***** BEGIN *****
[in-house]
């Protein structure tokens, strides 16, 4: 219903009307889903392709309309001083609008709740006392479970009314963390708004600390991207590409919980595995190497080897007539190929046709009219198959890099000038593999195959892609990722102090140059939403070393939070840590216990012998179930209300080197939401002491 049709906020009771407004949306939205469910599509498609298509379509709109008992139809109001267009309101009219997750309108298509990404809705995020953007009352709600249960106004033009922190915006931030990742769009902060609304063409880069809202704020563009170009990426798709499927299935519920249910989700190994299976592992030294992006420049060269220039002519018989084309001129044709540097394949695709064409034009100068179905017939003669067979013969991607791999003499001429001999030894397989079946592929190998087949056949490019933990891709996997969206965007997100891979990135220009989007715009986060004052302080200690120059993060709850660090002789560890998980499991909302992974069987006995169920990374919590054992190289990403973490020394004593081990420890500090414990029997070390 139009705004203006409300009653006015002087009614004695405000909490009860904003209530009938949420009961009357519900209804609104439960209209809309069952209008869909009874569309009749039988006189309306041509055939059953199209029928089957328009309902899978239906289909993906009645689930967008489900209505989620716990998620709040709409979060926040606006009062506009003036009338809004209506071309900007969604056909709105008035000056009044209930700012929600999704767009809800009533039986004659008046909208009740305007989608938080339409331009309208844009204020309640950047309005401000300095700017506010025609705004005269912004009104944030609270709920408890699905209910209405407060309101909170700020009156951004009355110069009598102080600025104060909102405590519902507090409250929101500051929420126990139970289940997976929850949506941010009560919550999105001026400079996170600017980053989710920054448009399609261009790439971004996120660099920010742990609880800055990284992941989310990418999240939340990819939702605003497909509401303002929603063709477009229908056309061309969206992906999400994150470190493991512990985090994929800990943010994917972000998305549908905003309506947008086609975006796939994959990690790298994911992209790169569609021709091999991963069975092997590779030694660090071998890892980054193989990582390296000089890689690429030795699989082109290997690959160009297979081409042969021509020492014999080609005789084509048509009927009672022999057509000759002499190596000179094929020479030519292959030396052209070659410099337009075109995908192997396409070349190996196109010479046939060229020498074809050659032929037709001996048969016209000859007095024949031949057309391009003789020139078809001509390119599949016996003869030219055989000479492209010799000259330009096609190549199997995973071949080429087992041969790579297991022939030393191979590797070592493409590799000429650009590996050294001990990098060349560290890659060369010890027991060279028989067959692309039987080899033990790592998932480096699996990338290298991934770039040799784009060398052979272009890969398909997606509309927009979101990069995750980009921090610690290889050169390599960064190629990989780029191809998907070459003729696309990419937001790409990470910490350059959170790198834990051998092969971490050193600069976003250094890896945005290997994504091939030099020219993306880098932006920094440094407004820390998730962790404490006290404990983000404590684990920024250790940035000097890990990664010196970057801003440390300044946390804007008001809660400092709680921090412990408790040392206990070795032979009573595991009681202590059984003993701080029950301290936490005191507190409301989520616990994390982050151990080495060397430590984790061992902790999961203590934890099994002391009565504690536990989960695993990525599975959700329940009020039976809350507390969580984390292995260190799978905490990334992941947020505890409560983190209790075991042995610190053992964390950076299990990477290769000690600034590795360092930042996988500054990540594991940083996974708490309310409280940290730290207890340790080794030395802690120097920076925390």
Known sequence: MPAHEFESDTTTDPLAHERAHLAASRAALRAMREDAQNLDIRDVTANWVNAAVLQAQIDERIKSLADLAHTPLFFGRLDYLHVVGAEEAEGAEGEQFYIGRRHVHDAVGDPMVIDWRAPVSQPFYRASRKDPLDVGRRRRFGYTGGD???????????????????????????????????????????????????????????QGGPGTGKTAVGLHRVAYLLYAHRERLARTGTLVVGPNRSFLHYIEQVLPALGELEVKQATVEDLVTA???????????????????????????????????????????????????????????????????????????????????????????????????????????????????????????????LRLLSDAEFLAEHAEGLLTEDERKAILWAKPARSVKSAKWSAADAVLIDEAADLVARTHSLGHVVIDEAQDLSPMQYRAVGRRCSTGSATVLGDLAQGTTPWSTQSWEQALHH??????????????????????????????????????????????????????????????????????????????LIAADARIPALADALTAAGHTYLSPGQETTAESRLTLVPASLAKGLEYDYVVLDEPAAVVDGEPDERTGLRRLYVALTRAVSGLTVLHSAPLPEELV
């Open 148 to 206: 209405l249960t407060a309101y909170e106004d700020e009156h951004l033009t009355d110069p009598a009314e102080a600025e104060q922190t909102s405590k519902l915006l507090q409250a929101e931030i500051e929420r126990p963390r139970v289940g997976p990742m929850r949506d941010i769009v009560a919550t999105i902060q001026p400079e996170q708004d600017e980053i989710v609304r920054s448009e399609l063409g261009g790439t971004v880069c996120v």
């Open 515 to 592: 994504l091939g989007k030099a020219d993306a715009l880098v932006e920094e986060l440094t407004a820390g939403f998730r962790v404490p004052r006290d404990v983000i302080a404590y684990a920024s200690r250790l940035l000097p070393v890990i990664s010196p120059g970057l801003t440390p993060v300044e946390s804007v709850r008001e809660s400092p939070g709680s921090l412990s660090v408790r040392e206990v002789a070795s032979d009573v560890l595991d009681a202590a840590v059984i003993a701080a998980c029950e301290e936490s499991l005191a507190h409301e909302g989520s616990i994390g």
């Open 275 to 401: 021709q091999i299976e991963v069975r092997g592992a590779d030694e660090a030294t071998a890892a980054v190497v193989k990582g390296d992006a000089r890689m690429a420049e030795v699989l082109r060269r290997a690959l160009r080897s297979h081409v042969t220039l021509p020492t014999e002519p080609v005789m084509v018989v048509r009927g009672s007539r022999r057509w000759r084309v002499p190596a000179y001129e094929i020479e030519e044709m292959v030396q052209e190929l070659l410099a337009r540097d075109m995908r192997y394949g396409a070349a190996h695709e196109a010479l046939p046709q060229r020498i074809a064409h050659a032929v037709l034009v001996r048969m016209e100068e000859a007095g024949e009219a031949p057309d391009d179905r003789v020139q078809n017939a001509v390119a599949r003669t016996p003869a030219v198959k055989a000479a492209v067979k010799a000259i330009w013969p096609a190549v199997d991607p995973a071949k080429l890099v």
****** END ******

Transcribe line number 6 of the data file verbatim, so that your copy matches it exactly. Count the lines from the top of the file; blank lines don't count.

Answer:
């Open 275 to 401: 021709q091999i299976e991963v069975r092997g592992a590779d030694e660090a030294t071998a890892a980054v190497v193989k990582g390296d992006a000089r890689m690429a420049e030795v699989l082109r060269r290997a690959l160009r080897s297979h081409v042969t220039l021509p020492t014999e002519p080609v005789m084509v018989v048509r009927g009672s007539r022999r057509w000759r084309v002499p190596a000179y001129e094929i020479e030519e044709m292959v030396q052209e190929l070659l410099a337009r540097d075109m995908r192997y394949g396409a070349a190996h695709e196109a010479l046939p046709q060229r020498i074809a064409h050659a032929v037709l034009v001996r048969m016209e100068e000859a007095g024949e009219a031949p057309d391009d179905r003789v020139q078809n017939a001509v390119a599949r003669t016996p003869a030219v198959k055989a000479a492209v067979k010799a000259i330009w013969p096609a190549v199997d991607p995973a071949k080429l890099v």